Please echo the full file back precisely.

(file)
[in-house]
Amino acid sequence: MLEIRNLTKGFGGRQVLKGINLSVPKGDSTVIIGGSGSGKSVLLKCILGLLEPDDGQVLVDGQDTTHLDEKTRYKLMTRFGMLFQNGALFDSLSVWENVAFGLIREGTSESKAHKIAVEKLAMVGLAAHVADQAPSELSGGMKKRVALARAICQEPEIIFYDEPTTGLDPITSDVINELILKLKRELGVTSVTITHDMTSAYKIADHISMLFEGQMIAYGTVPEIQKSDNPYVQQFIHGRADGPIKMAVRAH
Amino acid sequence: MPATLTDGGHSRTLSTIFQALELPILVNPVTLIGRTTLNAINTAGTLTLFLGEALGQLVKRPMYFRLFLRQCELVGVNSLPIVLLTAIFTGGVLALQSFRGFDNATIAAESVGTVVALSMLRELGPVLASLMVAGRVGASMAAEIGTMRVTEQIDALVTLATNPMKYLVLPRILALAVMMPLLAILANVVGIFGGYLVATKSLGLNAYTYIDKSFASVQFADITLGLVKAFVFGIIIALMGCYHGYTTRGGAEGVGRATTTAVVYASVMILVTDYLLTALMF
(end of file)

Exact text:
[in-house]
Amino acid sequence: MLEIRNLTKGFGGRQVLKGINLSVPKGDSTVIIGGSGSGKSVLLKCILGLLEPDDGQVLVDGQDTTHLDEKTRYKLMTRFGMLFQNGALFDSLSVWENVAFGLIREGTSESKAHKIAVEKLAMVGLAAHVADQAPSELSGGMKKRVALARAICQEPEIIFYDEPTTGLDPITSDVINELILKLKRELGVTSVTITHDMTSAYKIADHISMLFEGQMIAYGTVPEIQKSDNPYVQQFIHGRADGPIKMAVRAH
Amino acid sequence: MPATLTDGGHSRTLSTIFQALELPILVNPVTLIGRTTLNAINTAGTLTLFLGEALGQLVKRPMYFRLFLRQCELVGVNSLPIVLLTAIFTGGVLALQSFRGFDNATIAAESVGTVVALSMLRELGPVLASLMVAGRVGASMAAEIGTMRVTEQIDALVTLATNPMKYLVLPRILALAVMMPLLAILANVVGIFGGYLVATKSLGLNAYTYIDKSFASVQFADITLGLVKAFVFGIIIALMGCYHGYTTRGGAEGVGRATTTAVVYASVMILVTDYLLTALMF